………..

And so here is a question for my fellow posters here --- most of them, it seems, libertarians: on the one hand, Fitzgerald’s findings are a source of encouragement, right? On the other hand, some of that encouragement is due to programs that most of you would no doubt oppose. (I myself, I add, was persuaded by the authoritative study put out by a distinguished panel of social scientists and statisticians appointed by the American Academy of Sciences and Humanities in the mid-1990s. It found that for every 10% increase in welfare since 1965, there had been an 11% increase in illegitimacy. And hence most of us, Congress, and President Clinton supported the reforms in welfare-eligibility and duration.)



To put this bluntly in different terms: if the American population has been aging steadily, with more and more retirees living longer and longer, what would have happened to their income per household had Congress gone along with George W. Bush’s libertarian-inspired changes in social security to make it a privately-funded system left to individuals?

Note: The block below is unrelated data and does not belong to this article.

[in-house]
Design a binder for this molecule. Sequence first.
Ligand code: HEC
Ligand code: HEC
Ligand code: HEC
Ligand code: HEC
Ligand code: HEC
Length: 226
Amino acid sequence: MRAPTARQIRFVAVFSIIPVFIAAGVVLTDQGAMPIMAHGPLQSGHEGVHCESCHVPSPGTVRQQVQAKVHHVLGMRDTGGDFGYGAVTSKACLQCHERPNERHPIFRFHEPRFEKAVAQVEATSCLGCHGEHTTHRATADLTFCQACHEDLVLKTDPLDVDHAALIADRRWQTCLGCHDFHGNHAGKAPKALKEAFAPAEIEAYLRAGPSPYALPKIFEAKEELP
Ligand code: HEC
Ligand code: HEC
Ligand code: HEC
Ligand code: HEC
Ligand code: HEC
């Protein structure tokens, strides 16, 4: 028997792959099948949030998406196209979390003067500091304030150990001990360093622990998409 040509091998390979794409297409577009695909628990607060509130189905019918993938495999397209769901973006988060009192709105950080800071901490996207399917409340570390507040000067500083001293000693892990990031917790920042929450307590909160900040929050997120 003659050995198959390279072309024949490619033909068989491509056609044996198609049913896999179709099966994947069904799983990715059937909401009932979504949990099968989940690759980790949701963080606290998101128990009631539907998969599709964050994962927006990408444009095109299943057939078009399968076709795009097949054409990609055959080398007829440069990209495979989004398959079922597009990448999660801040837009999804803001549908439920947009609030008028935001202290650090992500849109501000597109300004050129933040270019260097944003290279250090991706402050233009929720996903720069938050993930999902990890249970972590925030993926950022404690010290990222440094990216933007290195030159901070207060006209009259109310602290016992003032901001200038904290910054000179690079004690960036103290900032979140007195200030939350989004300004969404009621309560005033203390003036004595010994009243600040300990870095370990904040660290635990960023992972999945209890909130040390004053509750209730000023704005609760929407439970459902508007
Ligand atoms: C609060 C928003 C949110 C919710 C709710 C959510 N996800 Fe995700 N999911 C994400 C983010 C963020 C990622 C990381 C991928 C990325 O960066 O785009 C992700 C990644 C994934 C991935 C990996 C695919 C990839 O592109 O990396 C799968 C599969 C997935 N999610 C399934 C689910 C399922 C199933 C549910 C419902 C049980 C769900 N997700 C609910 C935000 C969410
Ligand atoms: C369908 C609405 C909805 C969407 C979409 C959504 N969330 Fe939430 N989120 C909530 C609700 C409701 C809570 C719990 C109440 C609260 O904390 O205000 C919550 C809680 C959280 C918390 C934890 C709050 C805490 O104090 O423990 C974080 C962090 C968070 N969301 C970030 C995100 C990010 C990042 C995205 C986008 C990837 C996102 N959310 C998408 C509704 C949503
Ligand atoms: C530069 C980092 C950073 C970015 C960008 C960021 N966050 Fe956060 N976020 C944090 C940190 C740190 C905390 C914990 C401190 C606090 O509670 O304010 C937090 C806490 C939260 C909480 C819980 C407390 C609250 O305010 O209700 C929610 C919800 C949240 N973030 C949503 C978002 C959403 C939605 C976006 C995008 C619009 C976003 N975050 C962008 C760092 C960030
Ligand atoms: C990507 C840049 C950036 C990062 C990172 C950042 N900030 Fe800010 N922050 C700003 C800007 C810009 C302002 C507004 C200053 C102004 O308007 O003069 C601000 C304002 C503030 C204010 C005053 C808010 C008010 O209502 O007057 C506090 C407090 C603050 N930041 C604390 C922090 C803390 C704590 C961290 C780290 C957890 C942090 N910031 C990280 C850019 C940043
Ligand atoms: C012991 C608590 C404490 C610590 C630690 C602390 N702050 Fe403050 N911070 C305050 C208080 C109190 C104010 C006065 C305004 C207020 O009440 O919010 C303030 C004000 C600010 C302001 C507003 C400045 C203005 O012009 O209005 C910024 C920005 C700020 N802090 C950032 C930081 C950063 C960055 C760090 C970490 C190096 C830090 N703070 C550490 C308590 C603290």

So far, in just the last month, a couple of trillion dollars of value in 401-K and other retiree pensions has disappeared. What, Bush-W’s proposal had gone through, would Fitzpatrick’s recalculations of average household income look like, say, between 1976 and 2012 . . . taking into account about three years or so for the stock market to return to its level of last year?

……

Michael Gordon, AKA, the buggy professor

 
At 10/28/2008 2:50 AM, Anonymous near-poor and dismayed said...

Dear Buggy:

It deeply dismays me that once again I have to deal with disingenuous spin concerning the "poor" in this country.

I once had two cars. I had two card because one clunker died, so in order to have one running car, I bought a second clunker.

Eventually I was able to get the first clunker running, and decided to keep both clunkers so that I would still have one running car the next time a clunker died.

Your spin suggests that having two cars is evidence of affluence or prosperity. In reality, for many poor people, having two (clunker) cars is a defensive tactic to keep one running car on hand at all times.